Proprietary Encryption in Car Immobilizers Cracked
This shouldn’t be a surprise:
Karsten Nohl’s assessment of dozens of car makes and models found weaknesses in the way immobilisers are integrated with the rest of the car’s electronics.
The immobiliser unit should be connected securely to the vehicle’s electronic engine control unit, using the car’s internal data network. But these networks often use weaker encryption than the immobiliser itself, making them easier to crack.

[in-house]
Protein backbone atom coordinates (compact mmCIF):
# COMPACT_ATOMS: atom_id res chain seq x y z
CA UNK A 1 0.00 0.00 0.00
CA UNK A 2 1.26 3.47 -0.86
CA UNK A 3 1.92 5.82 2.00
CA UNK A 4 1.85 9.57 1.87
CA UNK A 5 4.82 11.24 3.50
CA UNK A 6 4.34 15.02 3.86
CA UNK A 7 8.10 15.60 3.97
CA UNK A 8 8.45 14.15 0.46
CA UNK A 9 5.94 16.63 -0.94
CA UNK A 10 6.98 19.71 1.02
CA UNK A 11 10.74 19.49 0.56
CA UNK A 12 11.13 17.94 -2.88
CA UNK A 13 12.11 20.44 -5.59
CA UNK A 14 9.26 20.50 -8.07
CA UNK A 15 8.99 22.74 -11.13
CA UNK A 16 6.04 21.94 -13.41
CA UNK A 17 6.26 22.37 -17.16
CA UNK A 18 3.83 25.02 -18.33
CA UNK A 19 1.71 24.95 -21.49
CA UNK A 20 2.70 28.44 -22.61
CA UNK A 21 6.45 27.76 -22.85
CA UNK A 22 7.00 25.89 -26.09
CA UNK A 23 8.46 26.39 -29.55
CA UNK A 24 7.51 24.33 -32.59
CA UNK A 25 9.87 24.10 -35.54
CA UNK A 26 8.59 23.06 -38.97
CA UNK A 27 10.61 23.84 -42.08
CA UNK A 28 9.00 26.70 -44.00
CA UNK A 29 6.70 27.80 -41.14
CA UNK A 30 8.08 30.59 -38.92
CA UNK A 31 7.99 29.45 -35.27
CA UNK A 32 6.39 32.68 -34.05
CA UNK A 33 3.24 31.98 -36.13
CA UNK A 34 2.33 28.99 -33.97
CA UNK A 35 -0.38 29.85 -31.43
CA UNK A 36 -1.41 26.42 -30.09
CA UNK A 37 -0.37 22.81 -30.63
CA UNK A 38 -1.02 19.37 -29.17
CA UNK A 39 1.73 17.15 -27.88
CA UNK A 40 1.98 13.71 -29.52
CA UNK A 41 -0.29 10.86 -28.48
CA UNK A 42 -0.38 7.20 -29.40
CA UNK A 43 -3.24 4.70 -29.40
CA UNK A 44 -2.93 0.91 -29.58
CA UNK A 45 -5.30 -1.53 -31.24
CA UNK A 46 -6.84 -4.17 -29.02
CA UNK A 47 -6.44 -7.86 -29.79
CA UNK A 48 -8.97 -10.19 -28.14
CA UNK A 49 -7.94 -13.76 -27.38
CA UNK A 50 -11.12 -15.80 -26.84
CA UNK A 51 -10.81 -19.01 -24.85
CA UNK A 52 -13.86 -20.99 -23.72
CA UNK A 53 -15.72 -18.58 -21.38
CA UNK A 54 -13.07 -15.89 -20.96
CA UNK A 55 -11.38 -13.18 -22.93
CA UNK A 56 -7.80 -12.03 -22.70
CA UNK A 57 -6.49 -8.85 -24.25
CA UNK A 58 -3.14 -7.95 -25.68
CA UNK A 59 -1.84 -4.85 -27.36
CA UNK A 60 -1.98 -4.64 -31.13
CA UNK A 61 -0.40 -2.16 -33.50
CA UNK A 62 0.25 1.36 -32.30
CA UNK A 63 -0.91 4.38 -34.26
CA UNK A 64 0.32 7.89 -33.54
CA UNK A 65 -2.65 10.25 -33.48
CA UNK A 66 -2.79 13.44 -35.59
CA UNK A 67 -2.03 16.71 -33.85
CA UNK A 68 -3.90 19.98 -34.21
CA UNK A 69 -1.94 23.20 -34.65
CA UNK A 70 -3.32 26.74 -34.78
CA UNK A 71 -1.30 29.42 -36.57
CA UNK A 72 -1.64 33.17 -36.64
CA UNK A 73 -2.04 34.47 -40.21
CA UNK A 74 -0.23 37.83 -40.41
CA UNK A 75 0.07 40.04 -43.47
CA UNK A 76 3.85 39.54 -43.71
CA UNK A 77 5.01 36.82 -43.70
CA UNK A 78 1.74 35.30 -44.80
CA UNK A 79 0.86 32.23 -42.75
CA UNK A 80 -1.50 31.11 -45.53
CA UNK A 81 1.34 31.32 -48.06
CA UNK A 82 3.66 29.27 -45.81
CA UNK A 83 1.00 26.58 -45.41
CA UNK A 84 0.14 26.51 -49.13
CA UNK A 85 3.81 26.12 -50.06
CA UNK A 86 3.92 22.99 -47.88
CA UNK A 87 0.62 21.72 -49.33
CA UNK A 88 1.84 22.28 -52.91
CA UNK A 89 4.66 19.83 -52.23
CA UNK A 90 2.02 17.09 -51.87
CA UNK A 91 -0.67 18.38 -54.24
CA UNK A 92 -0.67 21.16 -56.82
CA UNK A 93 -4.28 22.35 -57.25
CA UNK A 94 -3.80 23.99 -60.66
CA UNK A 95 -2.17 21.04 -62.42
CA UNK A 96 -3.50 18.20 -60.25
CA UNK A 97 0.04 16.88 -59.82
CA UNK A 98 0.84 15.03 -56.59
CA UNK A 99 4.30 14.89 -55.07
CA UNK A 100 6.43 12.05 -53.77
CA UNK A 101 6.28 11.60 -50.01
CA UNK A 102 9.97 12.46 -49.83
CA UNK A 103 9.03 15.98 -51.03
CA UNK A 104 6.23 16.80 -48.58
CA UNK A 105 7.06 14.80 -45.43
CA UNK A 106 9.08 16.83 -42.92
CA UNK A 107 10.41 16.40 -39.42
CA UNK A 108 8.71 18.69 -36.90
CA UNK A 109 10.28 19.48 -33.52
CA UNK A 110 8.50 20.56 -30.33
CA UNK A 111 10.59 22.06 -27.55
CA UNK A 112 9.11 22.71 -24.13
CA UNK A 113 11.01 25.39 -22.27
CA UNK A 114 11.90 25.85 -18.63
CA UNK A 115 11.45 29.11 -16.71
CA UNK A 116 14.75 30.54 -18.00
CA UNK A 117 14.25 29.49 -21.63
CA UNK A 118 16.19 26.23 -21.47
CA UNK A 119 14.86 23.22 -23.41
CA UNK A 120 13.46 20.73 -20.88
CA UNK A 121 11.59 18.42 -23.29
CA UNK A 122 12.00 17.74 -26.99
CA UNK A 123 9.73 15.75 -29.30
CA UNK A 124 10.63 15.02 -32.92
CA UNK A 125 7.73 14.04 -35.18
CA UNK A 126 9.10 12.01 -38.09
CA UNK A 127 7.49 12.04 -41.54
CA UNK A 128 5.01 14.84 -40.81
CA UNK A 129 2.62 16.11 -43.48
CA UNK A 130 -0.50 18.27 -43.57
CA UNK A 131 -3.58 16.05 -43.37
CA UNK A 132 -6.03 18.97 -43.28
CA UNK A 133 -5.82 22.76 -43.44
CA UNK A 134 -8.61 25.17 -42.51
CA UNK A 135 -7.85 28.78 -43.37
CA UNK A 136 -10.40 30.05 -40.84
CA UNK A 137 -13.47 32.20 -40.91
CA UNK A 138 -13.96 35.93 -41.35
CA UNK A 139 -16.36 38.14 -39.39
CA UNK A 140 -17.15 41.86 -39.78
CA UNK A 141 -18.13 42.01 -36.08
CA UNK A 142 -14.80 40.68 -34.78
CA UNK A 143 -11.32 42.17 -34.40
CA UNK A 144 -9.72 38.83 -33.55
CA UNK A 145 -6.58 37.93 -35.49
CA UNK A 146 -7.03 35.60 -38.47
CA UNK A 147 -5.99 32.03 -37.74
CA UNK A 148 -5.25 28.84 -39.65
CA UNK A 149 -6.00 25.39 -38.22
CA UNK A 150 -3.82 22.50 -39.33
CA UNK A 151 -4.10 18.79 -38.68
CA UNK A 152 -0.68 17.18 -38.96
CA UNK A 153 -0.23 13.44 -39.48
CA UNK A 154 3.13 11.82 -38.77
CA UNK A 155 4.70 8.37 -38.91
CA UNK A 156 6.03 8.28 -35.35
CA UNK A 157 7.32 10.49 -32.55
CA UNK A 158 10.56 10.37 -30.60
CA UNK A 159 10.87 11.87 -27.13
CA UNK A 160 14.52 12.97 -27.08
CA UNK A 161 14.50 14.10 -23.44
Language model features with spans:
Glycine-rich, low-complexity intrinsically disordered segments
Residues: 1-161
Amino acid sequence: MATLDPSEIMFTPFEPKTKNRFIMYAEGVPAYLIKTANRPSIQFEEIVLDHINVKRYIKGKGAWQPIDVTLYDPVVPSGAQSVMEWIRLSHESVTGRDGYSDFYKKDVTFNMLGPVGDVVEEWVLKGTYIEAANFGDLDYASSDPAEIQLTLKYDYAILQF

What’s more, one manufacturer was even found to use the vehicle ID number as the supposedly secret key for this internal network. The VIN, a unique serial number used to identify individual vehicles, is usually printed on the car. “It doesn’t get any weaker than that,” Nohl says.
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